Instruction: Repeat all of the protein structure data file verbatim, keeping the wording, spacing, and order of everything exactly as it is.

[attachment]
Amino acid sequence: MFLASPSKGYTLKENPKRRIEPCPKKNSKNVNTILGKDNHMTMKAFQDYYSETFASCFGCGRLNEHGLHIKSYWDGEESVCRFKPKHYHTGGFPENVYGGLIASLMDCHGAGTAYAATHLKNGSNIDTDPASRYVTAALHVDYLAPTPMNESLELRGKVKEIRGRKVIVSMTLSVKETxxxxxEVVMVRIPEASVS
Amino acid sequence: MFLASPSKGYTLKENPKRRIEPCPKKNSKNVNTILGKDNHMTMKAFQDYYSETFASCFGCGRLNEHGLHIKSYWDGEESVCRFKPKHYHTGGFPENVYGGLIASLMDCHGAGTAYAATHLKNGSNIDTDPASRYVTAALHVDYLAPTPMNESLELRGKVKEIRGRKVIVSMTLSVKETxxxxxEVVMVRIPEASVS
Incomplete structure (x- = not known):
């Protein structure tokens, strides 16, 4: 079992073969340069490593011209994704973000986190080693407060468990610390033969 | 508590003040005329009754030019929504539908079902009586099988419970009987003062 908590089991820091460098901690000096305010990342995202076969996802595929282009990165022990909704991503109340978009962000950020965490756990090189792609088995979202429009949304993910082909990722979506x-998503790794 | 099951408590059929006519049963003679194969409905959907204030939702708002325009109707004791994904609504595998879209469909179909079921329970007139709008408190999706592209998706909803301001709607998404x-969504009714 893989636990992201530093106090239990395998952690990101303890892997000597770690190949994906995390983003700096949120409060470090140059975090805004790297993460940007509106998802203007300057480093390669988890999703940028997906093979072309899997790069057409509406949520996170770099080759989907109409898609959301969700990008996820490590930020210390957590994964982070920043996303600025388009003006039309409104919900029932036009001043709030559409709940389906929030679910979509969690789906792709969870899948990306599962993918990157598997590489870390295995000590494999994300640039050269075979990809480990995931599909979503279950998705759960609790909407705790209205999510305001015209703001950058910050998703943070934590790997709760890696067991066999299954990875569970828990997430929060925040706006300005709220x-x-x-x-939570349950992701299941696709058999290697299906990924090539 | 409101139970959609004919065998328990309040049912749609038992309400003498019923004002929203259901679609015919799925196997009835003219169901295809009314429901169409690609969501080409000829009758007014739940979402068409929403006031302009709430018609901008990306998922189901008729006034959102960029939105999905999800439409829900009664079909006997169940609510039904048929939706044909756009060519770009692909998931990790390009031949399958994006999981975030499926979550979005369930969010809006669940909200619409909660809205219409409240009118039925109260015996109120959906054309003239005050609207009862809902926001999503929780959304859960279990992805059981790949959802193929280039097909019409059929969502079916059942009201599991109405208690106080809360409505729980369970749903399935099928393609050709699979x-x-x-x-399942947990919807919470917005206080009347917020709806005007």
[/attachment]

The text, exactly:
Amino acid sequence: MFLASPSKGYTLKENPKRRIEPCPKKNSKNVNTILGKDNHMTMKAFQDYYSETFASCFGCGRLNEHGLHIKSYWDGEESVCRFKPKHYHTGGFPENVYGGLIASLMDCHGAGTAYAATHLKNGSNIDTDPASRYVTAALHVDYLAPTPMNESLELRGKVKEIRGRKVIVSMTLSVKETxxxxxEVVMVRIPEASVS
Amino acid sequence: MFLASPSKGYTLKENPKRRIEPCPKKNSKNVNTILGKDNHMTMKAFQDYYSETFASCFGCGRLNEHGLHIKSYWDGEESVCRFKPKHYHTGGFPENVYGGLIASLMDCHGAGTAYAATHLKNGSNIDTDPASRYVTAALHVDYLAPTPMNESLELRGKVKEIRGRKVIVSMTLSVKETxxxxxEVVMVRIPEASVS
Incomplete structure (x- = not known):
């Protein structure tokens, strides 16, 4: 079992073969340069490593011209994704973000986190080693407060468990610390033969 | 508590003040005329009754030019929504539908079902009586099988419970009987003062 908590089991820091460098901690000096305010990342995202076969996802595929282009990165022990909704991503109340978009962000950020965490756990090189792609088995979202429009949304993910082909990722979506x-998503790794 | 099951408590059929006519049963003679194969409905959907204030939702708002325009109707004791994904609504595998879209469909179909079921329970007139709008408190999706592209998706909803301001709607998404x-969504009714 893989636990992201530093106090239990395998952690990101303890892997000597770690190949994906995390983003700096949120409060470090140059975090805004790297993460940007509106998802203007300057480093390669988890999703940028997906093979072309899997790069057409509406949520996170770099080759989907109409898609959301969700990008996820490590930020210390957590994964982070920043996303600025388009003006039309409104919900029932036009001043709030559409709940389906929030679910979509969690789906792709969870899948990306599962993918990157598997590489870390295995000590494999994300640039050269075979990809480990995931599909979503279950998705759960609790909407705790209205999510305001015209703001950058910050998703943070934590790997709760890696067991066999299954990875569970828990997430929060925040706006300005709220x-x-x-x-939570349950992701299941696709058999290697299906990924090539 | 409101139970959609004919065998328990309040049912749609038992309400003498019923004002929203259901679609015919799925196997009835003219169901295809009314429901169409690609969501080409000829009758007014739940979402068409929403006031302009709430018609901008990306998922189901008729006034959102960029939105999905999800439409829900009664079909006997169940609510039904048929939706044909756009060519770009692909998931990790390009031949399958994006999981975030499926979550979005369930969010809006669940909200619409909660809205219409409240009118039925109260015996109120959906054309003239005050609207009862809902926001999503929780959304859960279990992805059981790949959802193929280039097909019409059929969502079916059942009201599991109405208690106080809360409505729980369970749903399935099928393609050709699979x-x-x-x-399942947990919807919470917005206080009347917020709806005007």